It’s been a challenging few weeks in the James household, with the male of the species succumbing to the awful flu virus, and the females under pressure to learn and relearn skills, be it for forthcoming exams in my daughter’s case, or me putting together a slide show for a talk.
I also had to contend with my PC being absent from my desk while Gajitman upgraded it, and my laptop throwing a hissy fit, presumably because it was brought out of hibernation. At one point, I wrote a blog post from my phone. Thank goodness for apps. And thank goodness for a teen and an IT engineer husband who made everything all right.
Upon the return of my PC, I had to get to grips with Windows 10. For the first two days, my grasp was weak, but I’m pleased to report, it is acquiring strength. It is a matter of time, as one of my friends told me. I will get used to Windows 10 and everything being in a completely different place …
Here’s what I learnt:
The advert cannot possess more than 20% text.
This became a problem when primarily I wanted to promote my book by showing its cover. A cover which consists of my name, title, and the publishers name and logo. Needless to say, on my first few attempts, I fell foul of the 20% text limit imposed by the Facebook rules and received emails inviting me to examine why I’d failed.
I even failed that task.
So I asked Google.
Phrasing the question took several attempts, but eventually I put all the right words in the correct order and was led to this very informative blog: http://bit.ly/1pukRrO from Jon Loomer, where I learned it’s all about where the text is placed. I tried using the FB grid, as suggested in Mr Loomer’s post, but as I mentioned earlier, I was having all sorts of technical difficulties and the grid would not load, so I drew my own grid to fit my laptop screen, and later, another to fit my PC monitor.
Using Canva, and it’s template ‘Facebook Post 940px x 788px’, I created my adverts, ensuring text did not take up more than five boxes. I had to move the image and the text around until I’d got it right, but the advert was approved and accepted by Facebook.
The trick with the text/sales pitch is to write it in the status box, including the links to the product, leaving the space for your advert free for a clean, clear image.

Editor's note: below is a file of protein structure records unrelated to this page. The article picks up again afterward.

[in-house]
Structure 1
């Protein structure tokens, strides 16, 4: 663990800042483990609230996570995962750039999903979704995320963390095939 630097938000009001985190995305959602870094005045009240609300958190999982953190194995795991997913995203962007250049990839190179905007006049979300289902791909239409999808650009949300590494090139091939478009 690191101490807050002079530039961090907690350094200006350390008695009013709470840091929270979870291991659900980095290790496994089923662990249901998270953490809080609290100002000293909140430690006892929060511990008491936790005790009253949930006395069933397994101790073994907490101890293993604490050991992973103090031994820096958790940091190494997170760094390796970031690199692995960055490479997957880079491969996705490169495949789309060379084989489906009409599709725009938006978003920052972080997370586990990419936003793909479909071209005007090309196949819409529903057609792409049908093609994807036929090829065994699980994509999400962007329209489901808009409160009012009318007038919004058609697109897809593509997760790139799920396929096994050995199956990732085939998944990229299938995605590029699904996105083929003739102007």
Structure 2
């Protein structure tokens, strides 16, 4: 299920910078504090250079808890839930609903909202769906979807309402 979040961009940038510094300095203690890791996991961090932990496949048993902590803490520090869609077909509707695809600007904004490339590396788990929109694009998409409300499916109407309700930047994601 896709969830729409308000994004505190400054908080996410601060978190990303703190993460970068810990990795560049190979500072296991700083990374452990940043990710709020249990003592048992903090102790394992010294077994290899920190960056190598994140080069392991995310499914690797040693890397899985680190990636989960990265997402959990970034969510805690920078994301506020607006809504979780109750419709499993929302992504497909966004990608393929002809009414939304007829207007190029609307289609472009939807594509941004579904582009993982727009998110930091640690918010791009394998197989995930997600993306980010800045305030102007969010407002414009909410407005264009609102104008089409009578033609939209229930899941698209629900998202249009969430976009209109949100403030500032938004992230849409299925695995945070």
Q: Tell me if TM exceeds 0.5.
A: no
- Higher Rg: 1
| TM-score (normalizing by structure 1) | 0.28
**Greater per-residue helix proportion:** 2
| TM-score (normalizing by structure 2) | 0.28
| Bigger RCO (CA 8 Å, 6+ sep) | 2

My ad read:
SALE. Digital download 99p.
‘Follow Me Follow You’, the second novel in the Chesil Beach series is on sale at 99p.
‘Original, uplifting, poignant, it’s a must read.’
With the risk of them breaking, will Victoria Noble and Chris Frampton follow their hearts?
If you like your romantic reads darker and set firmly in reality, the Chesil Beach books are for you.
Second in the series, ‘Follow Me Follow You’, can be read as a standalone.
A 2014 lovereading.co.uk Editorial Selection.
It was my first advert success! Whether or not it made an impact on sales remains to be seen.
My next challenge was to produce a PowerPoint Presentation for a talk a writer friend and I were to give at the Weymouth Civic Society. Our title was ‘Inspired by the Jurassic Coast’, and photographs were required to enhance our talk.
It had been some years since I last played with PowerPoint, but I volunteered my services to create a slide show.
Actually, truth be known, I volunteered my daughter’s services, as she’s far more knowledgeable than I about techy stuff. Thankfully she didn’t mind and came to the rescue, giving me a crash course on how to create slide shows. Between my daughter, with her patient teaching methods, and Gajitman showing me how to connect the laptop to the projector, slide show presentations are GO!
I’m available for gigs …